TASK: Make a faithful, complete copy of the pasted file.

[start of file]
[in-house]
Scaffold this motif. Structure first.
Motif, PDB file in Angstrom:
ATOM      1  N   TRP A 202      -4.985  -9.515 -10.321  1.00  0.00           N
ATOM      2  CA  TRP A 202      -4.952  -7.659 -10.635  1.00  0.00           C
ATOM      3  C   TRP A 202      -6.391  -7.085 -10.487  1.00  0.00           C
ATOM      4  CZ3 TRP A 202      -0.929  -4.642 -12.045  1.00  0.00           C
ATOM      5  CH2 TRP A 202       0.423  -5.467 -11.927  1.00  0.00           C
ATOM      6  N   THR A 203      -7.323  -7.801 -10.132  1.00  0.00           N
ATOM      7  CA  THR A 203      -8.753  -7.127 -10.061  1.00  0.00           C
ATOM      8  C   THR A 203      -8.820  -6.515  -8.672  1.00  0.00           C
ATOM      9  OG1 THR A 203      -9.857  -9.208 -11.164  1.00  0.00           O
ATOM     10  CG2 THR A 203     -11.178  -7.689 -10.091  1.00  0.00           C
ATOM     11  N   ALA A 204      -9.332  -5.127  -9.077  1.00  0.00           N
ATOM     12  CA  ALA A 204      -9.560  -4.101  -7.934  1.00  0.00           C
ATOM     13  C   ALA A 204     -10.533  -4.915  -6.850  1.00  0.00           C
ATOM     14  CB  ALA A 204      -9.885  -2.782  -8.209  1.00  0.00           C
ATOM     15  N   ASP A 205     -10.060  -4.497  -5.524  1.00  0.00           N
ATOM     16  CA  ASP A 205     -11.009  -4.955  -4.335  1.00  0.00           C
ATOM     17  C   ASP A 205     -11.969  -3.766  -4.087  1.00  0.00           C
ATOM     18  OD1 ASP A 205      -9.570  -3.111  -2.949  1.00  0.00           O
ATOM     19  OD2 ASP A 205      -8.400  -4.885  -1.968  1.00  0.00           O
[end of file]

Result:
[in-house]
Scaffold this motif. Structure first.
Motif, PDB file in Angstrom:
ATOM      1  N   TRP A 202      -4.985  -9.515 -10.321  1.00  0.00           N
ATOM      2  CA  TRP A 202      -4.952  -7.659 -10.635  1.00  0.00           C
ATOM      3  C   TRP A 202      -6.391  -7.085 -10.487  1.00  0.00           C
ATOM      4  CZ3 TRP A 202      -0.929  -4.642 -12.045  1.00  0.00           C
ATOM      5  CH2 TRP A 202       0.423  -5.467 -11.927  1.00  0.00           C
ATOM      6  N   THR A 203      -7.323  -7.801 -10.132  1.00  0.00           N
ATOM      7  CA  THR A 203      -8.753  -7.127 -10.061  1.00  0.00           C
ATOM      8  C   THR A 203      -8.820  -6.515  -8.672  1.00  0.00           C
ATOM      9  OG1 THR A 203      -9.857  -9.208 -11.164  1.00  0.00           O
ATOM     10  CG2 THR A 203     -11.178  -7.689 -10.091  1.00  0.00           C
ATOM     11  N   ALA A 204      -9.332  -5.127  -9.077  1.00  0.00           N
ATOM     12  CA  ALA A 204      -9.560  -4.101  -7.934  1.00  0.00           C
ATOM     13  C   ALA A 204     -10.533  -4.915  -6.850  1.00  0.00           C
ATOM     14  CB  ALA A 204      -9.885  -2.782  -8.209  1.00  0.00           C
ATOM     15  N   ASP A 205     -10.060  -4.497  -5.524  1.00  0.00           N
ATOM     16  CA  ASP A 205     -11.009  -4.955  -4.335  1.00  0.00           C
ATOM     17  C   ASP A 205     -11.969  -3.766  -4.087  1.00  0.00           C
ATOM     18  OD1 ASP A 205      -9.570  -3.111  -2.949  1.00  0.00           O
ATOM     19  OD2 ASP A 205      -8.400  -4.885  -1.968  1.00  0.00           O